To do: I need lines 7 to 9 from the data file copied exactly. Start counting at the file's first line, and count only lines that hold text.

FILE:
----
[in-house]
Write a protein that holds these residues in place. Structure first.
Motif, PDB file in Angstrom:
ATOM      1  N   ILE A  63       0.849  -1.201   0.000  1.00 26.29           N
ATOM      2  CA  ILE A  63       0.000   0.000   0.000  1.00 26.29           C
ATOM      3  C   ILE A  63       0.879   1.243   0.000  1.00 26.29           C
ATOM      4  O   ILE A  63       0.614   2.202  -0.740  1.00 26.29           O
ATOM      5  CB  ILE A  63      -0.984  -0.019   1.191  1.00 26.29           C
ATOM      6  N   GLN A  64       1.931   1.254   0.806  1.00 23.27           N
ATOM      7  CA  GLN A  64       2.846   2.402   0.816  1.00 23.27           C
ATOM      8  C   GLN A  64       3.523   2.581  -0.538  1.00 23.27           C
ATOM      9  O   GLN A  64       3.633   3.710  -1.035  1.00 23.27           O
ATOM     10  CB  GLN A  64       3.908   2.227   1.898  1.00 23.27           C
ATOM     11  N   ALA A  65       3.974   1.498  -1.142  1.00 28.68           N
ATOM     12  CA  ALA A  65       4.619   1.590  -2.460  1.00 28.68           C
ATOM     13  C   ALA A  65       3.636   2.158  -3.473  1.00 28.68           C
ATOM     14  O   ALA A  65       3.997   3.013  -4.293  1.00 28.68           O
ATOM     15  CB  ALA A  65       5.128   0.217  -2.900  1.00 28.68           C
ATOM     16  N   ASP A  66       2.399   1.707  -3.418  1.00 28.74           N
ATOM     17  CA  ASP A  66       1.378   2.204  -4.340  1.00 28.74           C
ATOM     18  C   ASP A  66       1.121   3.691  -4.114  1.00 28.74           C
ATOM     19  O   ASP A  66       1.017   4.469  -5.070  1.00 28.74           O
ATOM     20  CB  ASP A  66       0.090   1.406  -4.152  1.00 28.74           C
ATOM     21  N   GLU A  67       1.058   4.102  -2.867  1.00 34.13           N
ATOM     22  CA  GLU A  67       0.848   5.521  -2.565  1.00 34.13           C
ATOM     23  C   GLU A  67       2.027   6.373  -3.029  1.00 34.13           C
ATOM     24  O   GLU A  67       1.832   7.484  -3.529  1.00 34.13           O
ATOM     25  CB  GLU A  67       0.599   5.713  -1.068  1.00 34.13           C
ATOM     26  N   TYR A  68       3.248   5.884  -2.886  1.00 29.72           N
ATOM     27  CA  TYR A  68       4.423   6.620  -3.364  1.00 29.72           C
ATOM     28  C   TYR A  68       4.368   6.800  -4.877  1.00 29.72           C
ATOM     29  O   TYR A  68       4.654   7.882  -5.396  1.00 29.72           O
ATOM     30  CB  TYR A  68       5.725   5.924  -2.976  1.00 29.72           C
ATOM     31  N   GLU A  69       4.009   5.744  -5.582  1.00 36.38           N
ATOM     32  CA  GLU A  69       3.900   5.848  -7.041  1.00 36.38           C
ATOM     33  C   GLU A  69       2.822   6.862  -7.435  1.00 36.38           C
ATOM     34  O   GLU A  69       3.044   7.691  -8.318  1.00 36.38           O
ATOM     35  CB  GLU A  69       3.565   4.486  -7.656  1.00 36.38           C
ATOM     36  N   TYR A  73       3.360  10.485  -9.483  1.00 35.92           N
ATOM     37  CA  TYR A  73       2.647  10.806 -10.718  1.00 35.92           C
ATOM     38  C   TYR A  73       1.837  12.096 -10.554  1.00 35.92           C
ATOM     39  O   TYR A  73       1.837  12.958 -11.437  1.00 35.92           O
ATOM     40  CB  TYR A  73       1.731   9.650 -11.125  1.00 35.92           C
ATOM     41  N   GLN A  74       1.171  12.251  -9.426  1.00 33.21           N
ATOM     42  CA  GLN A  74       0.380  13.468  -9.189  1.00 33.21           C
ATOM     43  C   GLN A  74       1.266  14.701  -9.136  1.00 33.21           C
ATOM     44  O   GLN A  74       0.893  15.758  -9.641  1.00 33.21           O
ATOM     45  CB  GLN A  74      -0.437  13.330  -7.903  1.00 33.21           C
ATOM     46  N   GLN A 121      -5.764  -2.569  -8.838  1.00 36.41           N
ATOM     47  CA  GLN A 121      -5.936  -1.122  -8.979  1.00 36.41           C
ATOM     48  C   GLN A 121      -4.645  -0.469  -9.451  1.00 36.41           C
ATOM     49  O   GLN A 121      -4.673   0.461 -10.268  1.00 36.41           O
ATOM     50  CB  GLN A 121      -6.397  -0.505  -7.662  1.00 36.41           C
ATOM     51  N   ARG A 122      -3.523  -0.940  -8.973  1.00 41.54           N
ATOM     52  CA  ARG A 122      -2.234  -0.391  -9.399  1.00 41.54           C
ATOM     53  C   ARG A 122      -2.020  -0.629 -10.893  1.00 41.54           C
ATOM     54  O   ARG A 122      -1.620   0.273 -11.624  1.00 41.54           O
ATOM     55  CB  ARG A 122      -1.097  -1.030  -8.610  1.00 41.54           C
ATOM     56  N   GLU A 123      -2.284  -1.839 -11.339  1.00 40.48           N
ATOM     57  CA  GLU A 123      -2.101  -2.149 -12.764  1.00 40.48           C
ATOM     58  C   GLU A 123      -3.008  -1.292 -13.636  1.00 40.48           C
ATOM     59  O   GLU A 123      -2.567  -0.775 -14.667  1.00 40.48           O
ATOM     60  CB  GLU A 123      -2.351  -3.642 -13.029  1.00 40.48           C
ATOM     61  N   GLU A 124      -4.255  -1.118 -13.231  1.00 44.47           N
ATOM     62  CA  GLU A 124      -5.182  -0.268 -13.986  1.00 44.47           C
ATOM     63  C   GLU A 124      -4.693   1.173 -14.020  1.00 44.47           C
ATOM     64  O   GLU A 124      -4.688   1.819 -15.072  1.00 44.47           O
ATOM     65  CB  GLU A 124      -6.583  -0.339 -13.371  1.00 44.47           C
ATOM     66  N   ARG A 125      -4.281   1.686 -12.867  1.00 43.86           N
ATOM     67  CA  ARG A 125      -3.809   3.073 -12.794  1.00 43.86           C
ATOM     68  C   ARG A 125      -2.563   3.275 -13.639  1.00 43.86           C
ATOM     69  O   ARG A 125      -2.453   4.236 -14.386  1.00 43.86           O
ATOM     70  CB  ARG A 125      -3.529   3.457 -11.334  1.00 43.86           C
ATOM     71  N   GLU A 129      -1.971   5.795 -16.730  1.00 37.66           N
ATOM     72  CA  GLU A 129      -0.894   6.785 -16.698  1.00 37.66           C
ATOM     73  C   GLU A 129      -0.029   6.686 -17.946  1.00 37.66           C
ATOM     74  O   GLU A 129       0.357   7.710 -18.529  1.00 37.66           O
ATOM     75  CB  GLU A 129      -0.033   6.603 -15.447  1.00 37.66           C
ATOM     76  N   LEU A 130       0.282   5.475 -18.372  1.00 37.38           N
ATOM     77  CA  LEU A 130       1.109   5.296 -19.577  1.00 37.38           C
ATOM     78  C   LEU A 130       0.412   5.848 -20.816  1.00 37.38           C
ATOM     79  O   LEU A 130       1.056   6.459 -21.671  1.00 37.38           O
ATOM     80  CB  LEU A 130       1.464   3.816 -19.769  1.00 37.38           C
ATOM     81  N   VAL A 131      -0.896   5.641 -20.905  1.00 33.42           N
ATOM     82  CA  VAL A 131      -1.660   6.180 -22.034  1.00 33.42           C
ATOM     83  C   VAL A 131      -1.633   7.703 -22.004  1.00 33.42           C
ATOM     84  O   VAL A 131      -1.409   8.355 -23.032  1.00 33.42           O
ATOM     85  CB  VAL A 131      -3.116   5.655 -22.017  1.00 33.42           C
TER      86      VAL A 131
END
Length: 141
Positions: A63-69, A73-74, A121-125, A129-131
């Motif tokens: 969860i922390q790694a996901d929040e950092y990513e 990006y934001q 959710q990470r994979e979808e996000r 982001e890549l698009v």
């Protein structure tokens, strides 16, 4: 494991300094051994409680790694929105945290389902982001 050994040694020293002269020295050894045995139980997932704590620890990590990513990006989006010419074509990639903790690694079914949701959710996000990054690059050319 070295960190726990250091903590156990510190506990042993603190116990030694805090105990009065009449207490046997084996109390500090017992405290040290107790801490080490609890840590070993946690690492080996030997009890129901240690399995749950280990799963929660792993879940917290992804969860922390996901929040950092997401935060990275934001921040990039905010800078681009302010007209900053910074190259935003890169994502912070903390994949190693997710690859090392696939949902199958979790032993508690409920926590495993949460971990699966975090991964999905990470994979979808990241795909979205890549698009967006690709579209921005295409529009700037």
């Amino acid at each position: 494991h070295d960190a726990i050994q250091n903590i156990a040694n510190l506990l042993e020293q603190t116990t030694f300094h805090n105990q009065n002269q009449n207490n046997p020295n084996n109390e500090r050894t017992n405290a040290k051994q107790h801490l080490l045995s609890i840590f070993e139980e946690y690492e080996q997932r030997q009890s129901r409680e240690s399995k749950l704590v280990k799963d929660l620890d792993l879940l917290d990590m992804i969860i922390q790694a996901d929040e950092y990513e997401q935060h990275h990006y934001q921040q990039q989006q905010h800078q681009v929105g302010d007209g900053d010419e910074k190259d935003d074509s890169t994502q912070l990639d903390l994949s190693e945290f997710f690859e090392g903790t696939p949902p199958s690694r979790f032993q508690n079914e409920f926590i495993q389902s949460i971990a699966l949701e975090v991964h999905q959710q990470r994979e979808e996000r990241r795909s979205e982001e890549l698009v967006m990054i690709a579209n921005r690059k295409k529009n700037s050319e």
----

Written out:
ATOM      4  O   ILE A  63       0.614   2.202  -0.740  1.00 26.29           O
ATOM      5  CB  ILE A  63      -0.984  -0.019   1.191  1.00 26.29           C
ATOM      6  N   GLN A  64       1.931   1.254   0.806  1.00 23.27           N